On August 28, 2015, the FDA issued the following caution:
“The U.S. Food and Drug Administration (FDA) is warning that the type 2 diabetes medicines sitagliptin, saxagliptin, linagliptin, and alogliptin may cause joint pain that can be severe and disabling. We have added a new Warning and Precaution about this risk to the labels of all medicines in this drug class, called dipeptidyl peptidase-4 (DPP-4) inhibitors.”
The agency specifies that patients should not stop their medication but should contact the prescriber immediately if “they experience severe and persistent joint pain.” The FDA wants health care professionals to understand that drugs in this class can cause serious joint pain and if that occurs they should recognize that it is not necessarily because a patient is “getting older” or developing sudden arthritis. The alert points out that symptoms can start within a day of beginning one of these drugs or come on gradually, after years of use without symptoms. The FDA states:
“After the patients discontinued the DPP-4 inhibitor medicine, their symptoms were relieved, usually in less than a month. Some patients developed severe joint pain again when they restarted the same medicine or another DPP-4 inhibitor.”
Januvia Joint Pain Side Effect:
Over the last several years the FDA has approved a number of new medications to treat type 2 diabetes. They include Januvia (sitagliptin) and Janumet (sitagliptin + metformin), Nesina (alogliptin), Onglyza (saxagliptin), and Tradjenta (linagliptin). Januvia has been widely advertised and is one of the best-selling diabetes drugs, earning billions annually for its manufacturer.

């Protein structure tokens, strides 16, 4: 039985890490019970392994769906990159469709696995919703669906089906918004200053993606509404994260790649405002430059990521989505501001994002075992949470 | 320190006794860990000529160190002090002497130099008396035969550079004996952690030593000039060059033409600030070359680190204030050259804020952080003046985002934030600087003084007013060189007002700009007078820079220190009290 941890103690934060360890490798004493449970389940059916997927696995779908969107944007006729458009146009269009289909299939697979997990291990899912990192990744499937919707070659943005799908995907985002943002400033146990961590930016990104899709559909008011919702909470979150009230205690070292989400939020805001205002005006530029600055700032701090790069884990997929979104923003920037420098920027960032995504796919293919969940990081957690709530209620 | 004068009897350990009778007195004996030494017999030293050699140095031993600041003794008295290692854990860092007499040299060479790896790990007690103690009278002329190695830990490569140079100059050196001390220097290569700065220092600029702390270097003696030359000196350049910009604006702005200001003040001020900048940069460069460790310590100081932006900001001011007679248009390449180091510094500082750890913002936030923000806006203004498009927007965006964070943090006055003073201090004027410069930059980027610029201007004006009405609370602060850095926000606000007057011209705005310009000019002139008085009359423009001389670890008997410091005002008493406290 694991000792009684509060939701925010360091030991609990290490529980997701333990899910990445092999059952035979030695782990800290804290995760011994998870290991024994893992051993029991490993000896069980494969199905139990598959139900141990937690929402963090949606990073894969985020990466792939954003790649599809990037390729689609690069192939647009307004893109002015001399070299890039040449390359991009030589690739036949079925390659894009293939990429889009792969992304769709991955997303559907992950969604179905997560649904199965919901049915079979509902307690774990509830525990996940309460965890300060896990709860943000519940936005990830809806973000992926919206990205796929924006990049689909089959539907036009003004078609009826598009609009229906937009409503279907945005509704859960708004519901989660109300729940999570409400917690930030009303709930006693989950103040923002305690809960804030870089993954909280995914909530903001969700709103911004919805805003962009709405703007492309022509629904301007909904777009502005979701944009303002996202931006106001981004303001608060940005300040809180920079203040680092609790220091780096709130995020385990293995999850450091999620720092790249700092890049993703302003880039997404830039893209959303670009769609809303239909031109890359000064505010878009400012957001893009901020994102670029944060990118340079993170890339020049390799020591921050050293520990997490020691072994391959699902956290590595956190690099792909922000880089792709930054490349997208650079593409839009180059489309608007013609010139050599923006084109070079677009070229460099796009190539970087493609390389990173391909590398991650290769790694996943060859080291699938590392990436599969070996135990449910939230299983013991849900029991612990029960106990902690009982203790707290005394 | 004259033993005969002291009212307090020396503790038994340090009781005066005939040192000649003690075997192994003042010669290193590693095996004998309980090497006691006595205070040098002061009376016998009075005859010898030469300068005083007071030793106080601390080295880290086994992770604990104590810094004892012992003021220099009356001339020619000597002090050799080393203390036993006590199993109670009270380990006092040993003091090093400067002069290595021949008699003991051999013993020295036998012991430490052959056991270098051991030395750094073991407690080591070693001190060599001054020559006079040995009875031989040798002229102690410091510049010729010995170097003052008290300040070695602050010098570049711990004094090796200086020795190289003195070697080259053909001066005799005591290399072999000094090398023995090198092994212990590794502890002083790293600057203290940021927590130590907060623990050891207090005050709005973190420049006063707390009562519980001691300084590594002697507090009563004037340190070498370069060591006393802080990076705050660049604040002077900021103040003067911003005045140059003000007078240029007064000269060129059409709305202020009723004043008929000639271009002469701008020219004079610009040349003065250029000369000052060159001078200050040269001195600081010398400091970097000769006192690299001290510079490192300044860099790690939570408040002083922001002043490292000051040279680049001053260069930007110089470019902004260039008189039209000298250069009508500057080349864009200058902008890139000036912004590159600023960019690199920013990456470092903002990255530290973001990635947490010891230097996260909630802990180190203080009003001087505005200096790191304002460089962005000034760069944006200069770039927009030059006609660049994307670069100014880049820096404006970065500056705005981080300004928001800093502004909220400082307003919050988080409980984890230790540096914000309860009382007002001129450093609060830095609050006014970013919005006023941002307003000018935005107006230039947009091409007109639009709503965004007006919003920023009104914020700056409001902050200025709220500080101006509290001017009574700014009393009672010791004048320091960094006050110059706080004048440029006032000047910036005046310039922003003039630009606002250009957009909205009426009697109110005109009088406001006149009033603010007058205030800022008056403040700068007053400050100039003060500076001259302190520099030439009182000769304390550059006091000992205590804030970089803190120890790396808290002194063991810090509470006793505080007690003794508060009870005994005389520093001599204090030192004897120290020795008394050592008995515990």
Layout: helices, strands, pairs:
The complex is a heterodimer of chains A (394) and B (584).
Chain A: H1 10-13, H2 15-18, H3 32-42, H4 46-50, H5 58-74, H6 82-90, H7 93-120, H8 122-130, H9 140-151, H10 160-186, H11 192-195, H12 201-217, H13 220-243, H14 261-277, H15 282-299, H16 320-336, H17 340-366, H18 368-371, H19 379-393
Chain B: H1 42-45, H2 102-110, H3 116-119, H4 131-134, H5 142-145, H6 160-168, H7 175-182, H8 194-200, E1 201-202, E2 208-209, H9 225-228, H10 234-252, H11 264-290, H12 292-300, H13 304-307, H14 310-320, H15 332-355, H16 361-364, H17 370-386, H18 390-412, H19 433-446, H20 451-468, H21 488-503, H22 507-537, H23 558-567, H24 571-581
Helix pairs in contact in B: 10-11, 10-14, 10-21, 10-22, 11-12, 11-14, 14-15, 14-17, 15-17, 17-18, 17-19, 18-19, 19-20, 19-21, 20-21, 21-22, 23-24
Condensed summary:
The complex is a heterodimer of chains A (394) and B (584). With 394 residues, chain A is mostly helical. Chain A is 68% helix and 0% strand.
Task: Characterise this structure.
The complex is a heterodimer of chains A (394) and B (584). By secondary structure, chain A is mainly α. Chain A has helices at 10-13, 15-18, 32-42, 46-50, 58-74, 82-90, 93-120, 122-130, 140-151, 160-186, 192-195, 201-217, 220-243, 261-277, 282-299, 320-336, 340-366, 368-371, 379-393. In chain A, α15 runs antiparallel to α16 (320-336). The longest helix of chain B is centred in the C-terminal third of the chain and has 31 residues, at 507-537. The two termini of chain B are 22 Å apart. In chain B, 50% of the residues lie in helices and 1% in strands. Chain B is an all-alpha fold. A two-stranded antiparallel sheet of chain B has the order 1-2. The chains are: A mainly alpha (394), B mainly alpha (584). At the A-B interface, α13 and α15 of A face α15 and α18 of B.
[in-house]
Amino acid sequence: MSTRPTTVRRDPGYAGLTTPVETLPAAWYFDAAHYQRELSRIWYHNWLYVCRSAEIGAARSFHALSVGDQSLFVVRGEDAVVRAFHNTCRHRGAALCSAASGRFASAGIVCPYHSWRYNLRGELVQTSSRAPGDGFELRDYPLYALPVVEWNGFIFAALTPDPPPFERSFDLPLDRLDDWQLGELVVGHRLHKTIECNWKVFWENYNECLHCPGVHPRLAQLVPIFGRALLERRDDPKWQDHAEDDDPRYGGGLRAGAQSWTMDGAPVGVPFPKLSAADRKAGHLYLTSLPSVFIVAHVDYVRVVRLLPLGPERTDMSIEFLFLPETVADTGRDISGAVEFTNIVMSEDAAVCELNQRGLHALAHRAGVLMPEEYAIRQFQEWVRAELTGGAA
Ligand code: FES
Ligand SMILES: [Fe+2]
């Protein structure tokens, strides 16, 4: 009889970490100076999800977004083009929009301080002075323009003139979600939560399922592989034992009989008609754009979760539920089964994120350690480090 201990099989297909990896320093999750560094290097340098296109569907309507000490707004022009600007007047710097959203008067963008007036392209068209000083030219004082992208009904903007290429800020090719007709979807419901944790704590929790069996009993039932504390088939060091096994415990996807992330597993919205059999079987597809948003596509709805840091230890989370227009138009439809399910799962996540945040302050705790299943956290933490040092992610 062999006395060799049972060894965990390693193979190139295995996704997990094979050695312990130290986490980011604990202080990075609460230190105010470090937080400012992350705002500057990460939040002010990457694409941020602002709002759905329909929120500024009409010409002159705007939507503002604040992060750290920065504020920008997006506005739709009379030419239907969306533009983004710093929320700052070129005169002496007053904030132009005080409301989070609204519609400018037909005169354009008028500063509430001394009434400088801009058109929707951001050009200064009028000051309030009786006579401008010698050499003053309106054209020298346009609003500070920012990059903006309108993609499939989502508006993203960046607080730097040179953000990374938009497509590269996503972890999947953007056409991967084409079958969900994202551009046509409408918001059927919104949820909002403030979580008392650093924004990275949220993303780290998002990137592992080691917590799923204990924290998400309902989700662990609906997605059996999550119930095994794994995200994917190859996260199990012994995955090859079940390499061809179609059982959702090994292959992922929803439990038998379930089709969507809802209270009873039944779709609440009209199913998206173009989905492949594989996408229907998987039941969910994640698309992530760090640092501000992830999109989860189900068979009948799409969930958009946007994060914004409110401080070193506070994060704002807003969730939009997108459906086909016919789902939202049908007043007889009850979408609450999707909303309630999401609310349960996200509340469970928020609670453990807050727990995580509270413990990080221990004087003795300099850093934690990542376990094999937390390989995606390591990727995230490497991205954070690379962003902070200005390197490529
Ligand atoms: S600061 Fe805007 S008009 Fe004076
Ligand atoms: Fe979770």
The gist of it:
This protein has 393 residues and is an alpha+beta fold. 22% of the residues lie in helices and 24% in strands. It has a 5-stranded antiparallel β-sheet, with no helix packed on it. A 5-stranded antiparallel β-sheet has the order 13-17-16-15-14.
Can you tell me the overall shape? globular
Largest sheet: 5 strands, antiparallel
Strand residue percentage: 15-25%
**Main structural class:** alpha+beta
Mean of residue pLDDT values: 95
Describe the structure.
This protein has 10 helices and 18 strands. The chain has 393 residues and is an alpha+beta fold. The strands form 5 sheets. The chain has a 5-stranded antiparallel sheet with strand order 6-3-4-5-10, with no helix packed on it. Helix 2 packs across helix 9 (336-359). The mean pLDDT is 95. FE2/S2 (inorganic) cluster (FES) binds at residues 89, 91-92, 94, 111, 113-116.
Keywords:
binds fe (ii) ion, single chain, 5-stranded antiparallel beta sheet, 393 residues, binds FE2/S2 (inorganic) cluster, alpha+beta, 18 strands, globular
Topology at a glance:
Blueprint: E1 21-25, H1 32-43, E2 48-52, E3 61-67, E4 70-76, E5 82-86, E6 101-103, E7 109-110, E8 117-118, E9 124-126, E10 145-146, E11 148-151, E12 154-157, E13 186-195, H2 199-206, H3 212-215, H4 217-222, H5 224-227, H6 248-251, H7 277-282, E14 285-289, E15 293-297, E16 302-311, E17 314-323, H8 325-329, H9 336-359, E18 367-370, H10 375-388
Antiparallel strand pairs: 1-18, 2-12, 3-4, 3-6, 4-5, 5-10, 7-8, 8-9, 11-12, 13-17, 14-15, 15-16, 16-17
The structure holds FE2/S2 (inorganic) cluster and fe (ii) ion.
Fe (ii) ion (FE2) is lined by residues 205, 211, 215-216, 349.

Januvia Television Commercials:
Perhaps you have seen the Januvia TV commercials and didn’t even realize it. They promote the idea that the medication “is not likely to cause weight gain,” making it seem like an ideal diabetes drug.
In one such commercial, a man and a woman are going up and down on a seesaw in an idyllic outdoor environment. Another couple is strolling along the beach with the ubiquitous beautiful dog. As they happily play with a Frisbee the announcer mentions that: “Serious side effects can happen, including pancreatitis which may be severe and lead to death.” But they don’t mention the Januvia joint pain side effect.
Next we see two guys having fun at the barbecue grill. The female announcer adds:
“Tell your doctor right away and stop taking Januvia if you have an allergic reaction that causes swelling of the face, lips, tongue or throat or affects your breathing or causes rash or hives. Kidney problems sometimes requiring dialysis have been reported.”
Other side effects are mentioned, but nowhere in this commercial is there a reference to the newly uncovered Januvia joint pain side effect. Presumably that will now change given the current FDA alert.
Other Drugs That Will Have a Joint Pain Warning: